A report carried out by inspectors of the Bank of Greece into millions of euros in loans issued by the state-controlled Hellenic Postbank (TT) in 2008 and 2009 discovered that the lender repeatedly violated its own credit issue policy to release a series of loans without guarantees, with the money ending up in the personal bank accounts of some of the business owners who benefited.
According to the central bank’s report, extracts of which were seen by Kathimerini, TT issued loans without guarantees and without updated financial data, offering favorable terms – including low interest rates and long grace periods – to several companies, in some cases to overindebted ones.
Two loans worth 17 million euros that were issued to businessman Kyriakos Griveas – one of 25 people charged with fraud and money laundering in connection to the TT scandal – ended up in the personal bank accounts of Griveas and his wife, according to the BoG report.
A significantly larger loan, of 97.3 million euros, was extended to the pharmaceutical firm Alapis, one of several companies owned by entrepreneur Lavrentis Lavrentiadis, without any guarantee whatsoever, the report added.
Meanwhile a third businessman, Alpha television channel and Interamerican insurance firm owner Dimitris Kontominas, has been linked to a joint credit card venture with TT, which resulted in estimated losses of 150 million euros for the state bank.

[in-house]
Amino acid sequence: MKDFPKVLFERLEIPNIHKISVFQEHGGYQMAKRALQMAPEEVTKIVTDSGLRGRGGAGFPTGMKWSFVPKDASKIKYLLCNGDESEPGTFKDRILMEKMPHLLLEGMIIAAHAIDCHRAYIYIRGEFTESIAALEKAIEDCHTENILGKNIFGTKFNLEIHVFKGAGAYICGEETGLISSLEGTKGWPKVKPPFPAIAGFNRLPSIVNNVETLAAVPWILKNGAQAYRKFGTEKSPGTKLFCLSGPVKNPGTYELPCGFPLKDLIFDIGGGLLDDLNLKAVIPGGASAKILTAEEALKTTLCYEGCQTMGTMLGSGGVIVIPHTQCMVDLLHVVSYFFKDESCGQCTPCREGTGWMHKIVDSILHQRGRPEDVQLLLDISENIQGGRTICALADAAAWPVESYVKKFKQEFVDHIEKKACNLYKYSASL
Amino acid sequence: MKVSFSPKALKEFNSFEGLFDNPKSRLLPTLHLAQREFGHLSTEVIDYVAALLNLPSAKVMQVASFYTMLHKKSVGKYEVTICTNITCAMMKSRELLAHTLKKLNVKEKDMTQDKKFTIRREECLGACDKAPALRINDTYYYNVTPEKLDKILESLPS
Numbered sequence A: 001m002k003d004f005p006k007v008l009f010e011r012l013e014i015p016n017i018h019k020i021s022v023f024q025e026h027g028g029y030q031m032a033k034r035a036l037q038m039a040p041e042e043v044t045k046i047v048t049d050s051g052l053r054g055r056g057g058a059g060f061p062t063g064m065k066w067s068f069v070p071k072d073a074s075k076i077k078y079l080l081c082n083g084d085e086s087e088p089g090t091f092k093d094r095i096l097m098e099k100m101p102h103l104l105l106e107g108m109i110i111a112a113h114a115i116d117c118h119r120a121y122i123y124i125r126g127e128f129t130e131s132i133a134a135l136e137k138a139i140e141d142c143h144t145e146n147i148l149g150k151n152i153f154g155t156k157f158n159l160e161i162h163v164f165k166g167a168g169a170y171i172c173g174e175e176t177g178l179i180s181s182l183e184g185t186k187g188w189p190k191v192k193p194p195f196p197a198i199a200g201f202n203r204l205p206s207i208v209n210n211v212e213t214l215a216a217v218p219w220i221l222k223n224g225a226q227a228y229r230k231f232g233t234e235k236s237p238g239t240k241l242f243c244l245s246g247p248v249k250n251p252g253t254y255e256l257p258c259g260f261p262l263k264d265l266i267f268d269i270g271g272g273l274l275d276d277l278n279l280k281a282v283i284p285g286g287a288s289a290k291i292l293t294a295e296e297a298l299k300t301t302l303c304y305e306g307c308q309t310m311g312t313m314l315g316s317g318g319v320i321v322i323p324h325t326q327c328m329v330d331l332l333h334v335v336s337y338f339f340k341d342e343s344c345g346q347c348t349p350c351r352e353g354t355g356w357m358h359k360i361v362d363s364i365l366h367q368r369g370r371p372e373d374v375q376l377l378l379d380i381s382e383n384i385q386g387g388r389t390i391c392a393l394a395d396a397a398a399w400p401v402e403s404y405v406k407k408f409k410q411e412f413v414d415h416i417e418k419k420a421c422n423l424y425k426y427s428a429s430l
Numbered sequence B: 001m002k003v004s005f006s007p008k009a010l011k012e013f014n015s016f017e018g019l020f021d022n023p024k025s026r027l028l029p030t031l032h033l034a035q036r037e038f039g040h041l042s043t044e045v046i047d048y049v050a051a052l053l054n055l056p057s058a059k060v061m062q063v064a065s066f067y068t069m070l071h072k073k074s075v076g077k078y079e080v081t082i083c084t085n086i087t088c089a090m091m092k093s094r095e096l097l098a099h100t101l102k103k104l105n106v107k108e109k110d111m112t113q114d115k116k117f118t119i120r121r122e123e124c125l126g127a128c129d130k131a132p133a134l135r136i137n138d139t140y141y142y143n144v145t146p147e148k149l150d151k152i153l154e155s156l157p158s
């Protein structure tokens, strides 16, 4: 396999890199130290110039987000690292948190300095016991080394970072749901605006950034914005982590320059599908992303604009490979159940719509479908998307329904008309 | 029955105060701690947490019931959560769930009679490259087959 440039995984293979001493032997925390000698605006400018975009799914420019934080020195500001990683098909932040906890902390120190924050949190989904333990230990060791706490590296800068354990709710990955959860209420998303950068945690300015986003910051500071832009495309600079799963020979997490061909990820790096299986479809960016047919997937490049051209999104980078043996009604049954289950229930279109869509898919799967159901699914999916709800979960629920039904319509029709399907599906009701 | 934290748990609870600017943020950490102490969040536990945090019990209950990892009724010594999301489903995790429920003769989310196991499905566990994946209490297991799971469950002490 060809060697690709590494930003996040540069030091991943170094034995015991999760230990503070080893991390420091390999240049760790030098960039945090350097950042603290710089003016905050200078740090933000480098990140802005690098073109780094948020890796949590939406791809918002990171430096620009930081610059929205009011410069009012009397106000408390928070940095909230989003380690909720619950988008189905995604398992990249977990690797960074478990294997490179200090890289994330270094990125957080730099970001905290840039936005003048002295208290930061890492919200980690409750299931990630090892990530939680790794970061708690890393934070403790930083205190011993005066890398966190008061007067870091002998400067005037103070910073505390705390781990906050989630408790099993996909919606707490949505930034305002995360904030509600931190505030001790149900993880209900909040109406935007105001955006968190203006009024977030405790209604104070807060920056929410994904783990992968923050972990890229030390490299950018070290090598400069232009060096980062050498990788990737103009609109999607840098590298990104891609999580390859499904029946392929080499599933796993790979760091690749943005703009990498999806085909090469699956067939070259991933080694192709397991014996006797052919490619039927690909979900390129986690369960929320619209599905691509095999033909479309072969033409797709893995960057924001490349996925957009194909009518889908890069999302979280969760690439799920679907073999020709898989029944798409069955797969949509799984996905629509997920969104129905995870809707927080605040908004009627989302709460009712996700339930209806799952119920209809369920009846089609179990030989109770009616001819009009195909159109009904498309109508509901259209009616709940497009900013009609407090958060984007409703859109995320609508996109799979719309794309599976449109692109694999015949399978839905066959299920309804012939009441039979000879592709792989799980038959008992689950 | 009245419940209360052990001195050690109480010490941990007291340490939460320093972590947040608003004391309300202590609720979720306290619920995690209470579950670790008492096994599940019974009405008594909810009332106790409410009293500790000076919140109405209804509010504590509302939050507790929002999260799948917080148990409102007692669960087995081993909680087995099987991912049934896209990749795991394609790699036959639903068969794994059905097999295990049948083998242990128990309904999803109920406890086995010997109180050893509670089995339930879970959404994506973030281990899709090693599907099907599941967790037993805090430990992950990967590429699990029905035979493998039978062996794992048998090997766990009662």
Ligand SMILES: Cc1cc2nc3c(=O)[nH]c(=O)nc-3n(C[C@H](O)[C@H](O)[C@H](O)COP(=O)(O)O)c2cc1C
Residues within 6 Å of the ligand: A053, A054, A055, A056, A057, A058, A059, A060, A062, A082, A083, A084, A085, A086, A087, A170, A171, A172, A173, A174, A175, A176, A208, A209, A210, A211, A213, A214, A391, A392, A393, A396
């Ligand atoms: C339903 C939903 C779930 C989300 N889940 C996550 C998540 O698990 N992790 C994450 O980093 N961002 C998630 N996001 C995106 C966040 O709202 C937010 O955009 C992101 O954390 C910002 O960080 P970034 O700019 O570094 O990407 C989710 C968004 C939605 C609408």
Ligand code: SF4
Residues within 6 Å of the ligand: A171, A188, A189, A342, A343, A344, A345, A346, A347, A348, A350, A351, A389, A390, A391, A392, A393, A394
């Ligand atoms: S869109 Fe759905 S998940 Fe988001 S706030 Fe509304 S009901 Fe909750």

Kontominas is to defend himself before an investigating magistrate on Tuesday in connection with the affair. The 75-year-old has been under police guard at an Athens hospital where he was admitted earlier this week with breathing problems. Griveas, who lives abroad, has yet to respond to the warrant out for his arrest, while Lavrentiadis is in pretrial custody at Korydallos Prison on charges of embezzling from Proton Bank, where he was a major stakeholder.
Several former TT executives, including its ex-Chairman Angelos Filippidis, have been charged in connection with the suspicious loans. At least 1.5 million euros in “unjustifiable” income has been found in bank accounts in Filippidis’s name. One former executive of the bank, who is currently head of the country’s bank bailout fund, known as the HFSF, has also been embroiled. Anastasia Sakellariou was a member of the TT committee that handled the restructuring of two loans that are now under investigation by prosecutors. The HFSF insisted in a statement on Friday that those restructurings were “in line with common banking practice.” Finance Minister Yannis Stournaras backed Sakellariou after opposition party calls for her to resign. “I fully trust and respect Greece’s justice system, but I also fully trust Mrs Sakellariou, her integrity, her professional expertise and, above all, her work so far,” Stournaras said.